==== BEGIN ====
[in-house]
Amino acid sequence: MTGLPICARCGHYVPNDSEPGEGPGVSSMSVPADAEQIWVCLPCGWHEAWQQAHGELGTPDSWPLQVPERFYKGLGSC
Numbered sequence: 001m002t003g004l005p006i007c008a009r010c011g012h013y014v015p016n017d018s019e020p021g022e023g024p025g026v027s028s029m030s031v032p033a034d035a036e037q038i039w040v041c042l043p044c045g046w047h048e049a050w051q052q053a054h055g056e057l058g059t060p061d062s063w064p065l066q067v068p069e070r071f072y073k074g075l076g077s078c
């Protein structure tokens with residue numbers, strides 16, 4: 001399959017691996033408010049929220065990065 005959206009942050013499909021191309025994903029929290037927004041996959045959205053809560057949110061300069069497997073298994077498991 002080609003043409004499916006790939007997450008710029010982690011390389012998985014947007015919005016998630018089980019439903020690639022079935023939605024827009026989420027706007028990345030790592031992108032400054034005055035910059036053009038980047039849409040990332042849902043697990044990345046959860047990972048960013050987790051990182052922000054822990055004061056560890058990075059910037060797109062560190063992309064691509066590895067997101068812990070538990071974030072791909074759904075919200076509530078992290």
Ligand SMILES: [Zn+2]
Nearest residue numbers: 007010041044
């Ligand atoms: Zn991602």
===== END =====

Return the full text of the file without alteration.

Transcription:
[in-house]
Amino acid sequence: MTGLPICARCGHYVPNDSEPGEGPGVSSMSVPADAEQIWVCLPCGWHEAWQQAHGELGTPDSWPLQVPERFYKGLGSC
Numbered sequence: 001m002t003g004l005p006i007c008a009r010c011g012h013y014v015p016n017d018s019e020p021g022e023g024p025g026v027s028s029m030s031v032p033a034d035a036e037q038i039w040v041c042l043p044c045g046w047h048e049a050w051q052q053a054h055g056e057l058g059t060p061d062s063w064p065l066q067v068p069e070r071f072y073k074g075l076g077s078c
């Protein structure tokens with residue numbers, strides 16, 4: 001399959017691996033408010049929220065990065 005959206009942050013499909021191309025994903029929290037927004041996959045959205053809560057949110061300069069497997073298994077498991 002080609003043409004499916006790939007997450008710029010982690011390389012998985014947007015919005016998630018089980019439903020690639022079935023939605024827009026989420027706007028990345030790592031992108032400054034005055035910059036053009038980047039849409040990332042849902043697990044990345046959860047990972048960013050987790051990182052922000054822990055004061056560890058990075059910037060797109062560190063992309064691509066590895067997101068812990070538990071974030072791909074759904075919200076509530078992290």
Ligand SMILES: [Zn+2]
Nearest residue numbers: 007010041044
């Ligand atoms: Zn991602």